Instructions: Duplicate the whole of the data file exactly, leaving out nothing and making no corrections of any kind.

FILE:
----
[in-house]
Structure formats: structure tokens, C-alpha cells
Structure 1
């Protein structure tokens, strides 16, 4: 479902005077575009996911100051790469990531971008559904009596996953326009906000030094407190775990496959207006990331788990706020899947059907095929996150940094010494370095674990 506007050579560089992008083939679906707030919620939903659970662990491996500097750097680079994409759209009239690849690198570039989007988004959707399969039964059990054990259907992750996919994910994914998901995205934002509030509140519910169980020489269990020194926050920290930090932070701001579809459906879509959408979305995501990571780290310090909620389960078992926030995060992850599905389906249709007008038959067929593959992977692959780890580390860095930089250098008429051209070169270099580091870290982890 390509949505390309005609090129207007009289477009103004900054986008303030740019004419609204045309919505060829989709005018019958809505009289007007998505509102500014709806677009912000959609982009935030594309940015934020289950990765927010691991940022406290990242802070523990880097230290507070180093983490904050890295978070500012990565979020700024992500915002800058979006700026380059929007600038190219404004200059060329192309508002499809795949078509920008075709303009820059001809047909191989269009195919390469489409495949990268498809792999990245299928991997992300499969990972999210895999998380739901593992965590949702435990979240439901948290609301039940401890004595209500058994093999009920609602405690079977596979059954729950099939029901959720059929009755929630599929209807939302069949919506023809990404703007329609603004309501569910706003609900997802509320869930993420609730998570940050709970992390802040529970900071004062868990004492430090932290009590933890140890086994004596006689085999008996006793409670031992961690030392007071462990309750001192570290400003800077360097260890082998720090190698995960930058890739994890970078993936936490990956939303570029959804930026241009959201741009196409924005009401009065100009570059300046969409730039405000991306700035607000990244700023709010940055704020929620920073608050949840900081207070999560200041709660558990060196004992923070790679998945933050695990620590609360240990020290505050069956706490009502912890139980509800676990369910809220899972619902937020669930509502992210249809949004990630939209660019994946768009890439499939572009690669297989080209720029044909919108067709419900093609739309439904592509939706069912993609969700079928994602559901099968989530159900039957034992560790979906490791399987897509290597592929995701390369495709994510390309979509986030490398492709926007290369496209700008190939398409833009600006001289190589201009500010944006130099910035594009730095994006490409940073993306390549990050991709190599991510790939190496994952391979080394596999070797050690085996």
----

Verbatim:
[in-house]
Structure formats: structure tokens, C-alpha cells
Structure 1
């Protein structure tokens, strides 16, 4: 479902005077575009996911100051790469990531971008559904009596996953326009906000030094407190775990496959207006990331788990706020899947059907095929996150940094010494370095674990 506007050579560089992008083939679906707030919620939903659970662990491996500097750097680079994409759209009239690849690198570039989007988004959707399969039964059990054990259907992750996919994910994914998901995205934002509030509140519910169980020489269990020194926050920290930090932070701001579809459906879509959408979305995501990571780290310090909620389960078992926030995060992850599905389906249709007008038959067929593959992977692959780890580390860095930089250098008429051209070169270099580091870290982890 390509949505390309005609090129207007009289477009103004900054986008303030740019004419609204045309919505060829989709005018019958809505009289007007998505509102500014709806677009912000959609982009935030594309940015934020289950990765927010691991940022406290990242802070523990880097230290507070180093983490904050890295978070500012990565979020700024992500915002800058979006700026380059929007600038190219404004200059060329192309508002499809795949078509920008075709303009820059001809047909191989269009195919390469489409495949990268498809792999990245299928991997992300499969990972999210895999998380739901593992965590949702435990979240439901948290609301039940401890004595209500058994093999009920609602405690079977596979059954729950099939029901959720059929009755929630599929209807939302069949919506023809990404703007329609603004309501569910706003609900997802509320869930993420609730998570940050709970992390802040529970900071004062868990004492430090932290009590933890140890086994004596006689085999008996006793409670031992961690030392007071462990309750001192570290400003800077360097260890082998720090190698995960930058890739994890970078993936936490990956939303570029959804930026241009959201741009196409924005009401009065100009570059300046969409730039405000991306700035607000990244700023709010940055704020929620920073608050949840900081207070999560200041709660558990060196004992923070790679998945933050695990620590609360240990020290505050069956706490009502912890139980509800676990369910809220899972619902937020669930509502992210249809949004990630939209660019994946768009890439499939572009690669297989080209720029044909919108067709419900093609739309439904592509939706069912993609969700079928994602559901099968989530159900039957034992560790979906490791399987897509290597592929995701390369495709994510390309979509986030490398492709926007290369496209700008190939398409833009600006001289190589201009500010944006130099910035594009730095994006490409940073993306390549990050991709190599991510790939190496994952391979080394596999070797050690085996």